Thursday, January 3, 2013

Writing & Marketing Tweets from January 2, 2013

While my grandson and my daughter went to the University of Kentucky basketball game last night (KY beat Eastern Michigan 90-38), I got to entertain my four-year-old granddaughter. I asked Meredith what she wanted to do, and she said, “I want to go to the toy store and buy a car.”
Okay, I was thinking a little Barbie car. I can handle that. But as soon as we walked into the toy store, she had one thing on her mind—the “big” cars.
Watching her play, reminded me so much of her mother. As a child, Lynn wanted to drive more than anything in the world. She didn’t care where, and she didn’t care what. She just wanted to drive.  
Going back another generation, I remember all I wanted to do was tell a story. I conjured up characters and scenes and spent hours in my make-believe romance world. Years later, my stories no longer slosh around in my head. They spill out onto the page. And Lynn, well, she thinks nothing of driving 160 miles round trip to take her son to a basketball game!
Are things we love doing as children indicators of our adult passions? I don’t know, I don’t think passion is enough. You have to work at something to be good at it no matter how much natural talent you have.
In a blog post, Mark Cuban, owner of the NBA's Dallas Mavericks, said:
“Time is the most valuable asset you don’t own. You may or may not realize it yet, but how you use or don’t use your time is going to be the best indication of where your future is going to take you.
"Let me make this as clear as possible:
  1. When you work hard at something you become good at it.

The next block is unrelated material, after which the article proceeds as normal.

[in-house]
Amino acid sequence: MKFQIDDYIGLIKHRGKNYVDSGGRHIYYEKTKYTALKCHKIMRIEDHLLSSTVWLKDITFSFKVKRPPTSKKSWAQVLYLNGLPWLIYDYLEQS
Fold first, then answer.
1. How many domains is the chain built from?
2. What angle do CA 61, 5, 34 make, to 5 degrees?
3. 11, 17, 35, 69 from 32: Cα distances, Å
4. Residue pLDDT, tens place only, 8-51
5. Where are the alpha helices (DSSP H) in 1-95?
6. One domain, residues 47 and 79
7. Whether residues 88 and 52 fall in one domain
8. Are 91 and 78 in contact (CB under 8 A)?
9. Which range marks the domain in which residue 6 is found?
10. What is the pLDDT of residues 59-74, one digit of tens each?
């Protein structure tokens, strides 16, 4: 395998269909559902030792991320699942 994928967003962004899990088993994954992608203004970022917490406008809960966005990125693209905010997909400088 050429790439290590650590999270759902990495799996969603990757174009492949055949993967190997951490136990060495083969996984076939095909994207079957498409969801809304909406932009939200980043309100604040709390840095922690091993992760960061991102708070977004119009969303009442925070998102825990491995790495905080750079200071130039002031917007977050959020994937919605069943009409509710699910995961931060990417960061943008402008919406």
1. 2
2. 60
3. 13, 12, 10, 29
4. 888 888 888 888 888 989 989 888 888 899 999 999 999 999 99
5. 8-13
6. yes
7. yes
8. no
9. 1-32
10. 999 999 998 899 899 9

2. When you become good at doing something, you will enjoy it more.
  3. When you enjoy doing something, there is a very good chance you will become passionate or more passionate about it.
  4. When you are good at something, passionate and work even harder to excel and be the best at it, good things happen.
"Don’t follow your passions, follow your effort. It will lead you to your passions and to success, however you define it.”

I hope today you are following your effort. 

how LessIf you missed my writing & marketing tweets and retweets yesterday, here they are again:

  1. Notes from Tabor Lane: Writing & Marketing Tweets from January 1
  2. Are you considering KDP Select? Read this post THE GREAT EXPERIMENT by Jesse V Coffey
  3. Should self-pub authors focus on writing more & let marketing handle itself? @BlakeBooks RT @janefriedman
  4. Structuring Your Story’s Scenes, Pt. 4: Options for Conflict in a Scene
  5. Twisting the plot for a great mystery "Coming up with good plot twists in the first place can be a challenge at times."
  6. Increase Facebook Activity with These Daily Habits
  7. 10 Ways to Measure Your Social Media Influence
  8. The Paradox by Donald Maass "...warm to your protagonist and get more out of him or her."
  9. Smashwords Supports EPUB Uploads With Smashwords Direct
  10. Too much characterization? Too little? Prioritize: @LaurelGarver RT @elizabethscraig
  11. 3 Problems of Nonparallel Interjections via Daily Writing Tips
  12. What’s Your 2013 Focus? via @RachelleGardner Embrace your identity as a leader.
  13. Why "unrealistic" writing and other goals are easier to reach This post contains good action steps
  14. Make Twitter Work for You - 10 Ways to Stand Out with Tweets that Rock RT @bookgal And always say thanks!
  15. Test Your Characters: Are They Strong Enough? @woodwardkaren RT @elizabethscraig  
  16. Insecure Writers: Friends And Other Inspiration To find success, writers need a bit of help from their friends.
  17. Tip Tuesday If you like to read your manuscript on paper, here's a good tip to save on paper

I’m always looking for great content to share. If you have a writing and/or marketing blog, or have a favorite that you visit often, please leave a link in the comment section. Thanks for stopping by.  

Happy writing & running, Kathy

No comments: